Cost for incident fractures in a given year and long-term cost (due to fractures that arose in previous years), as well as the cost of residing in nursing homes, are detailed in the Appendix (7: Annual cost of fractures).
Quality-adjusted life years
The use of QALYs is a method of measuring the burden of a disease where a year of an individual’s life is weighted by the average health-related quality of life (HRQoL) that a person had during that year. For example, 1 QALY is equal to one year spent in perfect health; 0.5 QALYs can be thought of as either half a year spent in perfect health followed by death, or one year lived at 50% of perfect health. QALYs are regularly used in economic analyses because they provide decision makers with a method for quantifying and comparing burden across diseases.
QALYs lost due to fragility fractures were estimated from fracture-based HRQoL, fracture risks and death rates [40,41,42]. Methods are summarised in the Appendix (8: Quality-adjusted life years). Estimates of the QALY loss were generated from 2017 up to year 2030, based on population projections, to show the expected change in QALY loss for the near future.
The total health burden in 2017 due to fragility fractures in EU6 was at 1.02 million QALYs. 66% of the QALY loss was due to fractures occurring in women. The QALY loss in absolute numbers was highest in Germany due to the size of the population combined with comparatively high risk of fractures. The lowest QALY loss was observed in Sweden due to the small population size compared to the other countries. On a per capita basis, Sweden had the largest burden (4.22 lost QALYs per 1000 people age 50 years and above) and France the lowest (2.11 lost QALYs per 1000) (Fig. 11). The differences were driven, in large part, by differences in the risk of fractures and age distribution between countries.
The QALY burden is expected to increase by 25.6% in the year 2030 but varied by country (Fig. 12).
Disability-adjusted life years
The DALY (or disability-adjusted life year) is the World Health Organization’s (WHO) standard method of measuring the burden of a disease. DALYs are the sum of years of life lost (YLL) and the years lost due to disability (YLD) . A single DALY can be thought of as one year of ‘healthy life’ lost. Summing the DALYs across an entire population provides the gap between the current health status of a population and an ideal disease-free population, i.e. the burden . Including this measure of burden allows for comparison of the burden of different diseases, both within and between countries.
When using the WHO standard method, the total DALYs related to fragility fractures in year 2016 for the EU6 (ages of 50 to 100 years) were more than 2.6 million DALYs. Average YLDs per 1000 people (15.1) far exceeded the YLLs per 1000 (5.5), indicating that living with a disability due to fracture drives DALY loss in osteoporosis.
The DALY burden was less for hip fracture than for vertebral fracture which, in turn was less than for other fragility fractures (Fig. 13). This dominance of other fragility fractures over hip fractures arose from the combination of a high incidence at early ages, and the large number of years spent with disability from other fractures compared with hip fracture.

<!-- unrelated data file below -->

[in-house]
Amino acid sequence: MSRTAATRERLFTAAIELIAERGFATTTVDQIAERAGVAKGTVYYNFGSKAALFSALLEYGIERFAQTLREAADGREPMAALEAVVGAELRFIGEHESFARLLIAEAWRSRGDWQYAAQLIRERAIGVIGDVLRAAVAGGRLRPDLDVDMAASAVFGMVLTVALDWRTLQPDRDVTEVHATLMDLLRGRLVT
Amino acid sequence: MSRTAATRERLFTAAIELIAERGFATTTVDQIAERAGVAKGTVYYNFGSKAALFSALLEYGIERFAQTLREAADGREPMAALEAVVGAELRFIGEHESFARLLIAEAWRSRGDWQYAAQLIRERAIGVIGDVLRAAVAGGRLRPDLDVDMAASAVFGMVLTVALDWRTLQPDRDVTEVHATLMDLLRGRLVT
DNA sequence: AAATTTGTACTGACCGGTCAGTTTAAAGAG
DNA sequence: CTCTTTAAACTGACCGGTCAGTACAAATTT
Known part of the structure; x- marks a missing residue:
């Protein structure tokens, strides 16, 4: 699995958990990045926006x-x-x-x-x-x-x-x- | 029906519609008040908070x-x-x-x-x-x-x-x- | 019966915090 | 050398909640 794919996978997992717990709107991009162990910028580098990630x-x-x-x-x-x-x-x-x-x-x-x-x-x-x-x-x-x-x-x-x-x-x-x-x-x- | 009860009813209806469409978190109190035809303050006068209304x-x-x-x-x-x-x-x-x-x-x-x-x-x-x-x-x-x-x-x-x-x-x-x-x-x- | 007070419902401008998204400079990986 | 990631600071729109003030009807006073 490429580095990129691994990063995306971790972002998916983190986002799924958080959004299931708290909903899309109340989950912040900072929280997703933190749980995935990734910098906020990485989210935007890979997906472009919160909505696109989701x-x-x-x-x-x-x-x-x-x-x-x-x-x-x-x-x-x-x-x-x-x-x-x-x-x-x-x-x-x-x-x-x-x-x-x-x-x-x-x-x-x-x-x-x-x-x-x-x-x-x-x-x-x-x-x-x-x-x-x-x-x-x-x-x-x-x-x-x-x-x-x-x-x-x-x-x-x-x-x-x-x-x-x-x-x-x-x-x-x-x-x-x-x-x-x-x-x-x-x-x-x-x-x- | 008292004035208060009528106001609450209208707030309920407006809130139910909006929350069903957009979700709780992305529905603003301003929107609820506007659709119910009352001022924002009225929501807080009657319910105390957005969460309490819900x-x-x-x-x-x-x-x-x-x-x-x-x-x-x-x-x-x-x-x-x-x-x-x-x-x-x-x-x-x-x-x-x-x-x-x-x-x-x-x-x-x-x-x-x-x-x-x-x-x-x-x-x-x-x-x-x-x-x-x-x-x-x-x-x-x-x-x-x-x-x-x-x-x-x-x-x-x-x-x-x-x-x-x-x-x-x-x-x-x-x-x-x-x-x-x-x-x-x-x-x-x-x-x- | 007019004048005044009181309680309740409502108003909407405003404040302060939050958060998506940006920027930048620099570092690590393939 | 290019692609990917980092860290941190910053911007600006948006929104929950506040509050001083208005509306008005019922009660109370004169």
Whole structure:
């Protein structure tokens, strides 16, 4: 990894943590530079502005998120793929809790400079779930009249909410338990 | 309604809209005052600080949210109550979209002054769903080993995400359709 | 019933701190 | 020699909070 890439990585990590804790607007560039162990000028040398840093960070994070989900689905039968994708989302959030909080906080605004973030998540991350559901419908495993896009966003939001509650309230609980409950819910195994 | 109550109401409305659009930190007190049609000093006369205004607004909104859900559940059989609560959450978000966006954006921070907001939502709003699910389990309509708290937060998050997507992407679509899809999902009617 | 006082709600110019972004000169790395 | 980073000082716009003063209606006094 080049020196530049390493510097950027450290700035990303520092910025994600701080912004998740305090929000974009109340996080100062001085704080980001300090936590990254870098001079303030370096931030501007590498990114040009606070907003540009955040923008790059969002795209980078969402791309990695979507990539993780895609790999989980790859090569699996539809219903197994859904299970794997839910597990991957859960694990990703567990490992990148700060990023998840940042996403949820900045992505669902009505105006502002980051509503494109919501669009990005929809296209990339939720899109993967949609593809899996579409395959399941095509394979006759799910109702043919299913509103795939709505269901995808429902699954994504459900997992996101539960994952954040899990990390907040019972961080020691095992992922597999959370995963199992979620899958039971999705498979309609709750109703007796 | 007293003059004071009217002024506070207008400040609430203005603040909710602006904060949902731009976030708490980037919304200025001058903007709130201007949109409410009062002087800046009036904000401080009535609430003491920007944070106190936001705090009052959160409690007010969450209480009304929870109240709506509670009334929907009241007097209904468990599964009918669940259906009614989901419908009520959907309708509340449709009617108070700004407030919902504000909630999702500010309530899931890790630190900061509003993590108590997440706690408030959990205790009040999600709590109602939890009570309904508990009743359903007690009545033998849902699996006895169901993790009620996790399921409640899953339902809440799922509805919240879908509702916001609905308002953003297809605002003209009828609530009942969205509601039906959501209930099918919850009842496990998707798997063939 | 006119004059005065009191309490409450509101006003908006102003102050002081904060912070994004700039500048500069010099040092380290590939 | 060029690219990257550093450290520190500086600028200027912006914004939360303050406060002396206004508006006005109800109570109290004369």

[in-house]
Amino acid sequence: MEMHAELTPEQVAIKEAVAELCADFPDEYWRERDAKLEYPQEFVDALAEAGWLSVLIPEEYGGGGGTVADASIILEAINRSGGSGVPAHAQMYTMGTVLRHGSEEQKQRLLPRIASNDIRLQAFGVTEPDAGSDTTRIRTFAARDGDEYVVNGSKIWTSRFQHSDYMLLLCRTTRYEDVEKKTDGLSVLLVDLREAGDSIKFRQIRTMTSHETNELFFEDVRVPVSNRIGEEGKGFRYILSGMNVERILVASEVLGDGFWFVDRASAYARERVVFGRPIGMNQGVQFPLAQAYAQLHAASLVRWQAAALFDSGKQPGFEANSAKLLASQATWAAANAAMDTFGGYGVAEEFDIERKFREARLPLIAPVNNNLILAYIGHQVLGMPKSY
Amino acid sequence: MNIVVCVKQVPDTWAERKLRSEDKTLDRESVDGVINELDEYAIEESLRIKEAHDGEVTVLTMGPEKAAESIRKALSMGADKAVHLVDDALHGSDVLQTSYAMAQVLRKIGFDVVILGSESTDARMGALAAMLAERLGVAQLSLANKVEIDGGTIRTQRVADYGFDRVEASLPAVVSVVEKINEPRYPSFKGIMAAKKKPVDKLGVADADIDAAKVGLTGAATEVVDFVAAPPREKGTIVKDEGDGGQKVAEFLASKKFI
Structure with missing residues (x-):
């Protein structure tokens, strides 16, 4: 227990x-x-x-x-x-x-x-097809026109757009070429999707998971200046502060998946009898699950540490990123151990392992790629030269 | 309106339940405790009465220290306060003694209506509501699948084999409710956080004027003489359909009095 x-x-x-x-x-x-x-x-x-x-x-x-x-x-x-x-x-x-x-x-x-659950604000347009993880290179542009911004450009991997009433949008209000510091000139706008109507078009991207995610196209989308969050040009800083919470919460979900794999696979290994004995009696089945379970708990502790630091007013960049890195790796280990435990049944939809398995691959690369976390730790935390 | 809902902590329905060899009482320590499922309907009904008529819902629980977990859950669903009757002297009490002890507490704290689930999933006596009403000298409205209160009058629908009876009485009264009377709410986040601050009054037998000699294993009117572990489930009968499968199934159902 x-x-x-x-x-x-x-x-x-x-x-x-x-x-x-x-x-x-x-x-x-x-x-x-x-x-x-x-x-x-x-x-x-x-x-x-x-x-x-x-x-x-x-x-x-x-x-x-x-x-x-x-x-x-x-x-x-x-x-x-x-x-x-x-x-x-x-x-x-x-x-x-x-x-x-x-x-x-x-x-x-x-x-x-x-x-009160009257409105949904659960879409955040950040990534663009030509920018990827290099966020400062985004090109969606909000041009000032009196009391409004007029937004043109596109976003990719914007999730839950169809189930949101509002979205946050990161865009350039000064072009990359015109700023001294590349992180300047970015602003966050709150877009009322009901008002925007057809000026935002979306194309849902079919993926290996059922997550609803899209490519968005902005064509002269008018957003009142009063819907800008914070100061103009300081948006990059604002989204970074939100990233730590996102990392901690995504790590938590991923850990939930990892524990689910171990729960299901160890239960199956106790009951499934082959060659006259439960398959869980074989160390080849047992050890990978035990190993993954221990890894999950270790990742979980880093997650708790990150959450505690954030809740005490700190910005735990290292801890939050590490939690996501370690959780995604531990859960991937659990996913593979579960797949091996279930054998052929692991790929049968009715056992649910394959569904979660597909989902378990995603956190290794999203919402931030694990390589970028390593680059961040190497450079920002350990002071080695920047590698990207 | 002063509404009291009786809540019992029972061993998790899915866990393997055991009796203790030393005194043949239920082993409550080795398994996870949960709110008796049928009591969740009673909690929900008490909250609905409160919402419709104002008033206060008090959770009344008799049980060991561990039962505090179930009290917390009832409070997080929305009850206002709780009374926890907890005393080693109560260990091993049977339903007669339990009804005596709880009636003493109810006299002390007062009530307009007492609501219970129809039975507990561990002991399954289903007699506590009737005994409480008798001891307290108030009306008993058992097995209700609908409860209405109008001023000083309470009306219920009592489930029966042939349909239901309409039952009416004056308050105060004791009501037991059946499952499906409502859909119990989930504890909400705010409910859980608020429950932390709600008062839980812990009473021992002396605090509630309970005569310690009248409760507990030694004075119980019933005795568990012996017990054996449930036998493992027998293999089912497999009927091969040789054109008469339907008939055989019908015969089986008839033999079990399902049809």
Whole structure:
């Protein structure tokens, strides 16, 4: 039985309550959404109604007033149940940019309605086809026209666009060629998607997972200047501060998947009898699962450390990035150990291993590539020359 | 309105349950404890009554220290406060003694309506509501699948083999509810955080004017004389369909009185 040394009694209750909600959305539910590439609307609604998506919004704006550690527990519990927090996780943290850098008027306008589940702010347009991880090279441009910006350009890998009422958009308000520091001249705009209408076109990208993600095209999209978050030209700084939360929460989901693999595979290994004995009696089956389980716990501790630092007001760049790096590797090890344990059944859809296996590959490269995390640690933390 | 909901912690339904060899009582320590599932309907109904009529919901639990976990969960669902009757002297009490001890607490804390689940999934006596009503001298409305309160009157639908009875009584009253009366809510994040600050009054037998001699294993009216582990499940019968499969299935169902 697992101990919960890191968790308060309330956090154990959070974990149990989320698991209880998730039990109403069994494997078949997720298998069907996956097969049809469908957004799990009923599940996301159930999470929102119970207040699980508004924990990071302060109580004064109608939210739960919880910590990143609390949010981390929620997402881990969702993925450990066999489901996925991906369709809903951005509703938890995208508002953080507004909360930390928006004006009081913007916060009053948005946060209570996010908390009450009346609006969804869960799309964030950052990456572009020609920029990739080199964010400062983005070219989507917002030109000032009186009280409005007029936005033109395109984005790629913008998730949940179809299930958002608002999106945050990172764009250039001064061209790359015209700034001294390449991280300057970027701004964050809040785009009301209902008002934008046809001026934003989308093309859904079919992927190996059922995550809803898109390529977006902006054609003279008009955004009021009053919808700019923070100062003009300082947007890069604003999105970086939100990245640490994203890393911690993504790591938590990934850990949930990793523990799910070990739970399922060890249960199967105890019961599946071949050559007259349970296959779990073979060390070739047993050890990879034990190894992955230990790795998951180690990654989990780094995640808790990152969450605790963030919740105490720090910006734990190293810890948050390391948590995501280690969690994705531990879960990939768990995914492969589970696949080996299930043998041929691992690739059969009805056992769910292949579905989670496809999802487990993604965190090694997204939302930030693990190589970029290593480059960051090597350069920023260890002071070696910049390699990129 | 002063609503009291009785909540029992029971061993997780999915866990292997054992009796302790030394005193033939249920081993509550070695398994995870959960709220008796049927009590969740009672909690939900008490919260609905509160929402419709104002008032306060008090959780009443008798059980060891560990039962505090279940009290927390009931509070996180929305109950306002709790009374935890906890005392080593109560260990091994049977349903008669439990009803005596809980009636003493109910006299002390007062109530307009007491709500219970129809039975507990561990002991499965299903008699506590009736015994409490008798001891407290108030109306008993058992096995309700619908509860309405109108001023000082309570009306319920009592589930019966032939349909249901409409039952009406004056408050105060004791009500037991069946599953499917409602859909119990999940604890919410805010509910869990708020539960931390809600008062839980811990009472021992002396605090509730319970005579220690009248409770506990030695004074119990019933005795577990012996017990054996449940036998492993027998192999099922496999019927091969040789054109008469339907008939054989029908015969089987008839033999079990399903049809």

The age distributions of YLLs and YLDs differed by fracture site. In women with hip fractures (Fig. 14), the YLLs peaked at the age of 77 years, whilst the YLDs peaked at age 81 years, reflecting that most hip fractures occur around 77 years. The YLDs for non-hip, non-vertebral fractures in the female population (Fig. 15), peaked early and was sustained over age, with very low YLLs, indicating that prevalence of non-hip, non-vertebral (NHNV) fractures is high but with limited consequences for mortality when compared with to that following hip fracture. The equivalent data for men are given in the Appendix (9: Disability-Adjusted life years).
The total DALY for each country varied greatly due to differences in population demography and fracture risk (Fig. 16). The average DALY loss per 1000 individuals was estimated to be 21 DALYs, with Sweden showing the highest rate (32 DALYs) and Spain showing the lowest (12 DALYs).
The DALYs related to fragility fractures can be compared to corresponding estimates for other diseases. In Fig. 17, fragility fracture-related DALYs are compared to 16 other common non-communicable diseases in the EU6 . Among these, fragility fractures are placed as the fourth most burdensome, outranked only by ischemic heart disease, dementia and lung cancer.
The DALY burden by disease category varied between countries due to differences in age distribution, risk of fracture and death. The DALY burden also varied by disease category. In Sweden, for example, the DALY burden of fractures was higher than that for dementia whereas in Spain the burden related to dementia, lung cancer and COPD surpassed that for fractures. For more details, see the Appendix (9: Disability-adjusted life years and 11: DALY comparison across diseases). The metrics also provide details of the DALY distribution by fracture site.
From a national perspective, the DALY loss rate can be an important measure for motivating policy decisions and the prioritization of funds towards osteoporosis treatment. From an international perspective, the high values suggest a need for better treatment policy and practice.
Loss of productivity